- Two more pueblos join case to block the state from collecting what they argue would amount to an illegal tax
- The disagreement is centered on free play credits that are given to gamblers to push them toward playing slots
New Mexico State currently faces a budget shortfall of some $70 million just a day before that start of its new fiscal year. It is a point being used in a current case between the state’s regulators and pueblos, or tribes in which it is claimed that the tribes owe the state a combined $40 million over a long-disputed interpretation of an agreement that dates back some years and involves sharing revenue from tribal casinos.
It has previously been reported by Casinopedia that three pueblos, the Tesuque, Sandia and Isleta, were challenging the state regulators but it has now been revealed that two more pueblos of Santa Clara and Santa Ana have now joined the case.
The pueblos have asked a judge to block the state from collecting what they argue would amount to an illegal tax, The Santa Fe New Mexican reported.
How did the claim come about?
The disagreement between regulators and the three pueblos came about over free play credits that are given to gamblers in casinos to push them towards playing slots. New Mexico Gaming Control Board regulators had previously argued that credits should be included when calculating the revenue that tribes must share with the state. Whereas the tribal casinos strongly disagree claiming that under a 2015 agreement, the credits aren’t included in tallying the revenue that tribes must share.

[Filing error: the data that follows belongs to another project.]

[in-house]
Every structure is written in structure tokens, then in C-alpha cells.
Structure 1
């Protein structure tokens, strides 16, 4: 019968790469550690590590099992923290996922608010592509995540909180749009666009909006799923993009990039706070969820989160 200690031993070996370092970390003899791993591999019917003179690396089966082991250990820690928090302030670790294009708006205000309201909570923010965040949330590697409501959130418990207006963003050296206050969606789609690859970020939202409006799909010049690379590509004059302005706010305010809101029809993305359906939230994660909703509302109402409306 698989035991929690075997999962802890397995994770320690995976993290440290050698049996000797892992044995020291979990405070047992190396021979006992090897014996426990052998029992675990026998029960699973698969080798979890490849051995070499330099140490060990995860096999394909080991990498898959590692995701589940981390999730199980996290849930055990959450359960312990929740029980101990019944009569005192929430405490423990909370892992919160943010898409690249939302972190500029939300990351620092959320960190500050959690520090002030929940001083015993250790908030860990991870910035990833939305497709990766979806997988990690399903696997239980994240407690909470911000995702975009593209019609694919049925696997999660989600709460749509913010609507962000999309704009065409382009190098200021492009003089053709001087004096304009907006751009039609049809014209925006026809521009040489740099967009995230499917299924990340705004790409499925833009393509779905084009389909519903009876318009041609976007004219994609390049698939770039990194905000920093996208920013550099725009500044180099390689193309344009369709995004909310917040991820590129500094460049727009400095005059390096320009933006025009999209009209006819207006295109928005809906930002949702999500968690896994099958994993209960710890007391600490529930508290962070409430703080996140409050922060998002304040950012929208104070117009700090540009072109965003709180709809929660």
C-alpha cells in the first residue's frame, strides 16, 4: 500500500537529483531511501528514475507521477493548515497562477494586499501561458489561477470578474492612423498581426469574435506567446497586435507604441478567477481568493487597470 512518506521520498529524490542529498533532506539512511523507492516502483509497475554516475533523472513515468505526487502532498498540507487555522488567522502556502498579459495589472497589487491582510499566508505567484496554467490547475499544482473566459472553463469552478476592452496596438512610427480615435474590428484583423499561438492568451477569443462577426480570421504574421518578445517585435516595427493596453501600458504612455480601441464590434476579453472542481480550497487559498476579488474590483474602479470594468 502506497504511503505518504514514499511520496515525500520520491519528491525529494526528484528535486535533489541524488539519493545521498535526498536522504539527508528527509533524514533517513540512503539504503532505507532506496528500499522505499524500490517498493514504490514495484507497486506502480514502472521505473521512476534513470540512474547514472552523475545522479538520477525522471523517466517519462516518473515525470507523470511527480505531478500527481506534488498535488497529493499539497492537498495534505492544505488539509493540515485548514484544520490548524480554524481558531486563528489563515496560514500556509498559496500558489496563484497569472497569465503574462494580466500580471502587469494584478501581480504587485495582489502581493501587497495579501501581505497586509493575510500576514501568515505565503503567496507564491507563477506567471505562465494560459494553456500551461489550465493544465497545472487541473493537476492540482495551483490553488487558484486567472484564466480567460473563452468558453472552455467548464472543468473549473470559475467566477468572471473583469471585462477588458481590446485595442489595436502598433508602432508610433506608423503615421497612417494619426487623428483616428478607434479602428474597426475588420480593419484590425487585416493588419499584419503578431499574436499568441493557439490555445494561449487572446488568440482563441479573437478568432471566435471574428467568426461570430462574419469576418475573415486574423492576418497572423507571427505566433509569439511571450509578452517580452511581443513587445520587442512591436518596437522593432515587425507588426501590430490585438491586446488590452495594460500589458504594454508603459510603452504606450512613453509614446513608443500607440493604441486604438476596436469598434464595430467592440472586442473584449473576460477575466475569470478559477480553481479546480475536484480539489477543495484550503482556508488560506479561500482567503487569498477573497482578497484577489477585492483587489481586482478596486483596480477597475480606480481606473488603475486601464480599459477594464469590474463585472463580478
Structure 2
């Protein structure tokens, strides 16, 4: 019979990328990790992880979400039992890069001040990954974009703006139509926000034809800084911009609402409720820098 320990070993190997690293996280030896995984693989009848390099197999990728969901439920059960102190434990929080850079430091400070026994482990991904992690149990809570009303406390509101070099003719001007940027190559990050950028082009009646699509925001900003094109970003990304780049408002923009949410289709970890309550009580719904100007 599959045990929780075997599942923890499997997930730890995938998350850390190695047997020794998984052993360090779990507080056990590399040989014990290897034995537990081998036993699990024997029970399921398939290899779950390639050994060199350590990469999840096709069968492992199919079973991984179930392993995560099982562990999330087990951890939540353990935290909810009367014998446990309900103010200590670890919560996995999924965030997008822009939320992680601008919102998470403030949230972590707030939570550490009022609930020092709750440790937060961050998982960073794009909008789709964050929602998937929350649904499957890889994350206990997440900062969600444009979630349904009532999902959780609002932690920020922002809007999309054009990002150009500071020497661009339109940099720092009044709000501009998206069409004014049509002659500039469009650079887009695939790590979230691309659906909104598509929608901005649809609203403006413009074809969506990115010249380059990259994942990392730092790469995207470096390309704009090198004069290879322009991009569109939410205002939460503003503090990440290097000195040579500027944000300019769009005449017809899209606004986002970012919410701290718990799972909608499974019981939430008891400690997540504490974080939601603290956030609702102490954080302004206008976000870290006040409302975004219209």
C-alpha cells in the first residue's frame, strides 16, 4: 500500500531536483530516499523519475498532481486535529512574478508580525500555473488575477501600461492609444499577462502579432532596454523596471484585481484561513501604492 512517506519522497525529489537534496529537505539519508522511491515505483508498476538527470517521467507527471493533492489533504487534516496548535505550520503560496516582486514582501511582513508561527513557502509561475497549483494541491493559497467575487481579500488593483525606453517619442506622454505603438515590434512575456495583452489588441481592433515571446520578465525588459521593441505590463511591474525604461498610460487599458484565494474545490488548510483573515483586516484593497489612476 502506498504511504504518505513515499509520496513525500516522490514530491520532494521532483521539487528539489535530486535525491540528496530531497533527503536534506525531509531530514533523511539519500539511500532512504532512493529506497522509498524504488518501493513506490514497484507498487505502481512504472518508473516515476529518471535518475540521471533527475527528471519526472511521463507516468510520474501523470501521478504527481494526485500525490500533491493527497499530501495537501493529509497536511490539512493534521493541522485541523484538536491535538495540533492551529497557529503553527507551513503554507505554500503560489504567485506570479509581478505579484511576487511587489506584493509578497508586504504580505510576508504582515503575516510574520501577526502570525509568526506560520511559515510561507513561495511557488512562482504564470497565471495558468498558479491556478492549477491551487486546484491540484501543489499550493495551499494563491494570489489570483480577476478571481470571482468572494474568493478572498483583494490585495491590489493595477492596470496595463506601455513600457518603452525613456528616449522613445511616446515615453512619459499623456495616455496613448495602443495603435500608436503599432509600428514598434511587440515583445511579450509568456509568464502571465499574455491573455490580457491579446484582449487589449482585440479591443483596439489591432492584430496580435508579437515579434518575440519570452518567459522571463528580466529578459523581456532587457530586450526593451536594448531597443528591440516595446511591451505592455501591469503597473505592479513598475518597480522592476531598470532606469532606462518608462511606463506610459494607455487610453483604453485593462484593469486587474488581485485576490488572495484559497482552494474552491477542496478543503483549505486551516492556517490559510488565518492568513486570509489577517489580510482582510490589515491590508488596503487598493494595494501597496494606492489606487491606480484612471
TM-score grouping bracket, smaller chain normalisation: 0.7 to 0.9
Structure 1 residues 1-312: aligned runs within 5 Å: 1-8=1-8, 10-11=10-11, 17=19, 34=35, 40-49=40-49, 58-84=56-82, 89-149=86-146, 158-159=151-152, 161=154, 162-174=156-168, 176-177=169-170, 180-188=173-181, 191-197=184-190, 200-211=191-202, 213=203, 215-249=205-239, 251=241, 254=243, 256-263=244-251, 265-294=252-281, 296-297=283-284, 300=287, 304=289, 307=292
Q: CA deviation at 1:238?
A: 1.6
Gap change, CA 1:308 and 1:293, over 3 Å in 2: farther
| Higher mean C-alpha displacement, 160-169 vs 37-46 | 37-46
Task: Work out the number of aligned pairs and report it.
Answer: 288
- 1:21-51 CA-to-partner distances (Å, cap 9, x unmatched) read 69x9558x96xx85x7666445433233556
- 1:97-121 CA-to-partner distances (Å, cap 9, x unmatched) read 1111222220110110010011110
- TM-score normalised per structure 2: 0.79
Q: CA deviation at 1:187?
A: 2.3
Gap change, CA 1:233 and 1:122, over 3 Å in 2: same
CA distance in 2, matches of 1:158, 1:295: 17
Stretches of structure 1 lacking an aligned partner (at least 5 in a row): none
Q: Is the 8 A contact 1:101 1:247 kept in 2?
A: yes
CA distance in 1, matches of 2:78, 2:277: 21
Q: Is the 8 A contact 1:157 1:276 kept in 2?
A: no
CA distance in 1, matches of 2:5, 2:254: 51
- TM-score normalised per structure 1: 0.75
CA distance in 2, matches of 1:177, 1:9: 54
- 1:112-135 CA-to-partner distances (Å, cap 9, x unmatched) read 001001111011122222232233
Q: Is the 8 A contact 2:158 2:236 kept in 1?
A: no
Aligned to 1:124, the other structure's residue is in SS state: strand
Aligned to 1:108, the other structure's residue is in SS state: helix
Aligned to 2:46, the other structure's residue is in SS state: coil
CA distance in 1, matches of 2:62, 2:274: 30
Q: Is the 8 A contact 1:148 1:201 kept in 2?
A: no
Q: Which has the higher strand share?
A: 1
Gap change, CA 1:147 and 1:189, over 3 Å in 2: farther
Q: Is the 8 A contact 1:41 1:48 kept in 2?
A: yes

What are the Individual Sums regulators are trying to claim?
The total sum regulators believe the state is owed comes to a total of $40 million across the three pueblos broken down by each tribe as follows:
- Tesuque Pueblo: $3.2 million
- Sandia Pueblo: $26.5 million
- Isleta Pueblo: $10.3 million
However, in a recent statement, governors from the three pueblos likened the state’s demand to insisting a clothing store selling shirts on sale for half price charge tax on the full price whilst adding that the tax makes no sense. It’s not the first time that something like has happened either, in 2015 the state sought to collect back revenue from free play credits at racinos. However, the racinos filed suit, but eventually settled before the case went to trial.
There’s little doubt that New Mexico is facing a budget shortfall, but that may be a convenient point to make for those proponents of the pueblos. This is certainly a complex case that rests on the interpretation of the law made in 2015. If that law remains in place and valid it can be argued the pueblos may have a strong case, but there’s little doubt that the regulators have strong opinions on that. We can look to the previous racino case for pointers as to how this may play out, but one can’t help feel there may be more developments yet.
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